Often at our seminars and events we survey business owners to discover the challenges they face within their businesses and one topic often comes through loud and clear; ‘I need to sell more’. But while I agree that growing sales are an essential component of business growth it is often not the real solution to their problems. Before you embark on a sales campaign first examine the following questions: How do you intend to cope with an increase in demand?
What will be the impact of a successful campaign on cash flow?
Can the business sustain any growth long term?
How does this campaign fit with the long terms goals of the business owner?
Are the sales processes effective?
Are your staff sufficiently trained?
Is the marketing plan robust and will it generate the levels of inquiries necessary?
What are your motivations for growth?
Let’s start with the last point first; why do you want to sell more? Far too often the motivation in the first place is wrong, and many owners see selling more as the solution to long hours, poor cash flow and low staff morale and productivity, often with disastrous results. Recently I worked with a business owner who had spent the last four years chasing bigger sales with success.
Unfortunately as the business grew so did his headaches; cash flow just got tighter, already creaking systems began to implode, the demands on his time became greater while profits remained static. The harder he seemed to work, the harder it all seemed to get;
Worse, his home life was rapidly heading for trouble, his relationships with loved ones being eroded by his long hours and short temper. His dream of owning a £1,000,000 + business was rapidly becoming a nightmare. I can’t begin to imagine how he felt, he was successful! He had set a goal for growth, gathered his team around him and cajoled, motivated and trained them to the best of his ability and it had worked! He had hit every sales target he had set and yet somehow his only reward was a bigger overdraft (and pressure from the bank) and a larger mountain of work, hassle and issues to deal furthermore. It must have been a devastating moment when he realised he was the author of his undoing.
Sadly this is an all too common tale. So where did he go wrong? The truth is that it costs money to grow, and businesses limited by the rate at which they can grow safely and securely. Furthermore, if the motivation for selling more is to relieve a cash flow problem.Or to create enough space to employ more staff to reduce hours (meaning you are already over capacity) then more than likely you are setting yourself, and your business up for a very bad fall. Our poor business owner had simply magnified the problem by not dealing with the core issues which created the lack of cash and profit (not to mention time) In the first place. When we work with business owners, we check a number of key factors within the business before we will allow them to go out selling, and I suggest you do the same.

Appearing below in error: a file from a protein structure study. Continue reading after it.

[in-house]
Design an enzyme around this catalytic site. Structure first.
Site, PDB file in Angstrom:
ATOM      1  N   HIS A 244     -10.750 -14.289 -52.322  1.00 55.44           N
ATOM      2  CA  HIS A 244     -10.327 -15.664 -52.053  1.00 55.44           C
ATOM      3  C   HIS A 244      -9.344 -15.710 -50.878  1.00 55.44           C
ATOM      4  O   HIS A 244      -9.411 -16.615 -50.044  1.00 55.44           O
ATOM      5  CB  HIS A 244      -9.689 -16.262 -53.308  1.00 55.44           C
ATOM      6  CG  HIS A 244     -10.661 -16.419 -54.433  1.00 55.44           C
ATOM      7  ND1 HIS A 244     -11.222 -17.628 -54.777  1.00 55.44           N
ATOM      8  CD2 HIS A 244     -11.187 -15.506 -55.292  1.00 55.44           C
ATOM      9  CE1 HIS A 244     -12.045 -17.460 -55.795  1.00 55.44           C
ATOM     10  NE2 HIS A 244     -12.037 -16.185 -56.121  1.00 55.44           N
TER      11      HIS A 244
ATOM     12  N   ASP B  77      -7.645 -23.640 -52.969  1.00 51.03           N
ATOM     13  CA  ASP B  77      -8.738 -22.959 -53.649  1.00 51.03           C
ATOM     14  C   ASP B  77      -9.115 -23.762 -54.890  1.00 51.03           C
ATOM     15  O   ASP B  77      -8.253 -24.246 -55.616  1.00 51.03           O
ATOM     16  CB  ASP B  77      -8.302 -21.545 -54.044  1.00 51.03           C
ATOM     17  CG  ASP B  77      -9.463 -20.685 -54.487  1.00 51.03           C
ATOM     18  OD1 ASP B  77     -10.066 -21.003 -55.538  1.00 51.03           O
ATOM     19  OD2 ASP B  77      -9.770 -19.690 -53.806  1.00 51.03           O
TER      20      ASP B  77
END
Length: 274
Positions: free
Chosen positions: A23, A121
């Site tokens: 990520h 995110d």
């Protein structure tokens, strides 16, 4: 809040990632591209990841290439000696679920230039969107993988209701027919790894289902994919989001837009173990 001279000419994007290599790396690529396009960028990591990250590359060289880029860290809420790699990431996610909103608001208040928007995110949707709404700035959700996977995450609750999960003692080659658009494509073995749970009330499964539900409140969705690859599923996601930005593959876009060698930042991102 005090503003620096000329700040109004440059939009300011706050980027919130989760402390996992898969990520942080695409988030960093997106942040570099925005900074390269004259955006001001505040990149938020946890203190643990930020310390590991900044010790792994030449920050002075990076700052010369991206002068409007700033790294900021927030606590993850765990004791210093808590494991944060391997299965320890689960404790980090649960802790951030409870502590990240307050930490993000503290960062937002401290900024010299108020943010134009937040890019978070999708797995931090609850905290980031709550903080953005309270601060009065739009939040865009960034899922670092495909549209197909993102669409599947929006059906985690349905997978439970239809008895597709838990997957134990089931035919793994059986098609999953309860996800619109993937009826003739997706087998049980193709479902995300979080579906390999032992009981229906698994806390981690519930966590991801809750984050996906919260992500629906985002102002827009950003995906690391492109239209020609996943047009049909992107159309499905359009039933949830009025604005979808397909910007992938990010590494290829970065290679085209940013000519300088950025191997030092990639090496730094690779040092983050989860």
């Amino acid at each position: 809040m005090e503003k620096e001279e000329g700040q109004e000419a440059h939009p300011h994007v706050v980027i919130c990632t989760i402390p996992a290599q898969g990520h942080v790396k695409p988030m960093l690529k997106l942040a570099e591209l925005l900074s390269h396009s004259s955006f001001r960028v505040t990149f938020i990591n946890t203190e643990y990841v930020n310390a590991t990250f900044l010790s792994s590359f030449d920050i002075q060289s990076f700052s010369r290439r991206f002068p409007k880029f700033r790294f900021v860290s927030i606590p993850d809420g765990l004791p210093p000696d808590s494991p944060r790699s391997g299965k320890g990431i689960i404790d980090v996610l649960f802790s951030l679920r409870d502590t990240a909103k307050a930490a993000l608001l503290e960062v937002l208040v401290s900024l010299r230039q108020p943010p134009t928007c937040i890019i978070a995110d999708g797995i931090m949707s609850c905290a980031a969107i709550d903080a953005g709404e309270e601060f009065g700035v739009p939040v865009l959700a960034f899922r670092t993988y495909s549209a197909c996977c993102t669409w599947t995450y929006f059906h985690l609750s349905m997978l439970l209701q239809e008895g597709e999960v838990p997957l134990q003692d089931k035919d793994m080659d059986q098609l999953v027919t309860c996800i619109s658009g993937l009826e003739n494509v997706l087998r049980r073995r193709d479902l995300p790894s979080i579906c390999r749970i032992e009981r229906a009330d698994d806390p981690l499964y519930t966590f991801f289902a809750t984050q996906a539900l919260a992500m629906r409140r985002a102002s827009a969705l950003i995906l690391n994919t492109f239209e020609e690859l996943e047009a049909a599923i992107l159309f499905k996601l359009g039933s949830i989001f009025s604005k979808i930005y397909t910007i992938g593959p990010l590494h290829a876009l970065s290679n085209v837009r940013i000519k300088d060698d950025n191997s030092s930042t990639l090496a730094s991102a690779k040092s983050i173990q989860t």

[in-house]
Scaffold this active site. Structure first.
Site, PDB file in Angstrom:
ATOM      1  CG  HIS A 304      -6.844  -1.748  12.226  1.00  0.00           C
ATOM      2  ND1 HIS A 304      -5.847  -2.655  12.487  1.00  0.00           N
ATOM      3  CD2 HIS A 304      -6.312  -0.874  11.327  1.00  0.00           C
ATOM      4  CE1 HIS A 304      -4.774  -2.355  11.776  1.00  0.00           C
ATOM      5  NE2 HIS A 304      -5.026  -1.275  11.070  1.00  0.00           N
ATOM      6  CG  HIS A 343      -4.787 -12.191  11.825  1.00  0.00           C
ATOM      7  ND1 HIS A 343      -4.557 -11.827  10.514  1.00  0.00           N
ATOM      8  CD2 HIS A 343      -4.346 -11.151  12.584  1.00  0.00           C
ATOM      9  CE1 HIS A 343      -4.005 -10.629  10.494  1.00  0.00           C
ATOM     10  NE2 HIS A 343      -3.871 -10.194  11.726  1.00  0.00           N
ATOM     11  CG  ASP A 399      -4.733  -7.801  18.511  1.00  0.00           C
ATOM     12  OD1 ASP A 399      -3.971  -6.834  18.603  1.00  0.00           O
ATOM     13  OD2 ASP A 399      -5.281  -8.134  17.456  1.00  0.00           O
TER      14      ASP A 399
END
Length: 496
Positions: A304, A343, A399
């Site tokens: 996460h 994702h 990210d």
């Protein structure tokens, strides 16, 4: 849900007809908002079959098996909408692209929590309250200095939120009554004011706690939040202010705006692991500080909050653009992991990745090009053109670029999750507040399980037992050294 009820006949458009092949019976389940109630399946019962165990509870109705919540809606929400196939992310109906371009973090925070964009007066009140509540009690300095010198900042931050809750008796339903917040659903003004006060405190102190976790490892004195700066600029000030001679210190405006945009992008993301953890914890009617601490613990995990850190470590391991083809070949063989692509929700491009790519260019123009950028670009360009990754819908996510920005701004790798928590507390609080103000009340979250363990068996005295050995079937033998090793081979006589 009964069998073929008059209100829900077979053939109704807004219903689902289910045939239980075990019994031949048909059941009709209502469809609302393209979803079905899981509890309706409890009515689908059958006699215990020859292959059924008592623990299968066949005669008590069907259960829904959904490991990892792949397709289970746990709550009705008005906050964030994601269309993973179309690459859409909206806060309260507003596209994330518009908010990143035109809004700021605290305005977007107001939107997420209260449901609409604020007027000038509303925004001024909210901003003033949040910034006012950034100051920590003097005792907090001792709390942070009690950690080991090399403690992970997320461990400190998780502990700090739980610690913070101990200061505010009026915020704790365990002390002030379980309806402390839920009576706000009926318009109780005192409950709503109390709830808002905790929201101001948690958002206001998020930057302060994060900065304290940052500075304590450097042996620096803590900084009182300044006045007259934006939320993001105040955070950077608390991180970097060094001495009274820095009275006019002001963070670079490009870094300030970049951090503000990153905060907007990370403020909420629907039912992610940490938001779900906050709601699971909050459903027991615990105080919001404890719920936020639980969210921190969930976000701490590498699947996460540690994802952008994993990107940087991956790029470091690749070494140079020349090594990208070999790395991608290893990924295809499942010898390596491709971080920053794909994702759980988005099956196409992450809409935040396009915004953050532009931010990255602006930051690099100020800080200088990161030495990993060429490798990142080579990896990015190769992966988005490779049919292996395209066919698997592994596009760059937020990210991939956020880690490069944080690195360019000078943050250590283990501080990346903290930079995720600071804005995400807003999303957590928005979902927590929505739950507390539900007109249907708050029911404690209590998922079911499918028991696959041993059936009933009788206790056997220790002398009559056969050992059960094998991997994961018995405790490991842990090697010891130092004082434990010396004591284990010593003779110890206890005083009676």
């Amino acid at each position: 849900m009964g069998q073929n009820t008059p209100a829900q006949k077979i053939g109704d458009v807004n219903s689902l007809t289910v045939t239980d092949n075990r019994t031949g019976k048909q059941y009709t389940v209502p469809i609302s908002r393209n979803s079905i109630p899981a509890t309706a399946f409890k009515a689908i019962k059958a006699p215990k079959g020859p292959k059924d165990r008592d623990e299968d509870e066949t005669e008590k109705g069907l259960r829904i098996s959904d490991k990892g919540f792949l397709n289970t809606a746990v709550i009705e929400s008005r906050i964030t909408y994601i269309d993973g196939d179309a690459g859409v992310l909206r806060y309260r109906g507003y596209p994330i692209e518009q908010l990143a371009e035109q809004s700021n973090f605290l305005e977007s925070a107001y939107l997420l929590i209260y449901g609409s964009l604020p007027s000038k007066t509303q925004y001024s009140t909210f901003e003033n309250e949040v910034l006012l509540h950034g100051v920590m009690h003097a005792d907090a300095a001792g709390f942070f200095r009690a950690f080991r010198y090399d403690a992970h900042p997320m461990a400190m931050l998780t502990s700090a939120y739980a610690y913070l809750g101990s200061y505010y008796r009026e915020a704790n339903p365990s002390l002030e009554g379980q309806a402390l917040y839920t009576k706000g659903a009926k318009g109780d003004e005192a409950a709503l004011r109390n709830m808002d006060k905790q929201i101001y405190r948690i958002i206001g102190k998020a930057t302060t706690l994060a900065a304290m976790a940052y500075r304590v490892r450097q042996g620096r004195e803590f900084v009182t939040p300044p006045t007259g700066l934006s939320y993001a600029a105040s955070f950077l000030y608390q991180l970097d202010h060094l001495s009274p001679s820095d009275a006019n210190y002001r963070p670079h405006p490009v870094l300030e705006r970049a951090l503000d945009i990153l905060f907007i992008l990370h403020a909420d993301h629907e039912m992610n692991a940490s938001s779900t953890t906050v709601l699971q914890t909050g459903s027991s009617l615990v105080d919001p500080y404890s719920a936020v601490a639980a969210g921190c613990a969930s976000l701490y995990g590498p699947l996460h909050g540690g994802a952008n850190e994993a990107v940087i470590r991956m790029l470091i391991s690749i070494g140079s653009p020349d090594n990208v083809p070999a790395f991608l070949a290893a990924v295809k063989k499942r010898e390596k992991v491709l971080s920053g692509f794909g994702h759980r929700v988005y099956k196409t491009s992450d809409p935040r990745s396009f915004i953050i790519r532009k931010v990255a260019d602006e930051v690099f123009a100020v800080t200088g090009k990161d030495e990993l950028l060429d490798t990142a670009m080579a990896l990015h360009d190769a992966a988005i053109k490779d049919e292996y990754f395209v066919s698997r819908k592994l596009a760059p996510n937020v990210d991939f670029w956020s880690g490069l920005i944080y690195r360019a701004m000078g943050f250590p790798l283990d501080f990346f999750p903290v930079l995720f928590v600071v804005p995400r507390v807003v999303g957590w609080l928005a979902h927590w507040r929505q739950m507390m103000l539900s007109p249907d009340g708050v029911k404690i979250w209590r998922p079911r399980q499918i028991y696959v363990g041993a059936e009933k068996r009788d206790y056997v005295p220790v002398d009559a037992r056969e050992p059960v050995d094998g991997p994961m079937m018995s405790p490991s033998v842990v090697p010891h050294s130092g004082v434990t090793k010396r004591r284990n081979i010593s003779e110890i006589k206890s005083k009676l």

Firstly and most importantly, look at the end game; where do you want to be in 2, 3 and five years time? Selling more just to solve a problem is not healthy as we have already discussed.
Secondly check and get control of the finances of the business.How much stock do you hold, how long do clients take to pay, how quickly do suppliers expect payment, are you pricing correctly and can overheads be reduced? These parts are crucial as they have a major impact on profitability and cash flow, and EVERY business owner should know these metrics for their business off by heart.
Next take a look at the people who will help you achieve your goals, these can be one of three major groups:
Customers: Do you truly understand your target market, do they want what you have to sell and why do they buy from you?
Staff: Do they work late without asking for extra pay? Are they part of the team and working with you to achieve the businesses goals or are they leaving you alone at the end of the day to finish off? If the team is not motivated and behind you, growth will be a very rocky journey!
Suppliers: As you grow so will the amount of trade you do with suppliers. Are they willing to give you the credit you need and can they meet the increase in demand? What impact will this have on their selling price to you?
Now take a look at your systems and processes. Do you have a manpower plan for when the business grows, and how will staff be recruited and integrated quickly into the team? How will you cope with expected demand?
Lastly, conduct a SWOT of your business. (Strengths, Weaknesses, Opportunities and Threats) determine if you have covered everything and put a plan in place to address these issues before you go on a selling spree.
Now I know this seems a lot to do.Maybe this is the reason so many businesses don’t do it. Indeed, I have heard all sorts of excuses in my time from(“it is unnecessary“ a foolish notion of “I’ll do it after this next big sale which is going to make everything all right” (It won’t).The truth is they don’t know how to do it, or they are trying to take a shortcut, sadly you can’t, and, in general, those businesses that try, fail. It’s an old and tried mantra but businesses that fail to plan are planning to fail, and its truth is something that irks us business advisers no end! We watch time and time again as people struggle without asking for help. I have never tried to build my house, make my car or grow my food; I am simply not qualified. The average business owner tries to grow his or her own business on the same basis and wonders why he/she fails losing their dreams, homes, self-respect and relationships along the way. So go on, get your business ready to sell more; give us a call and ask for a Diagnostic, and I promise to leave the tools in the garage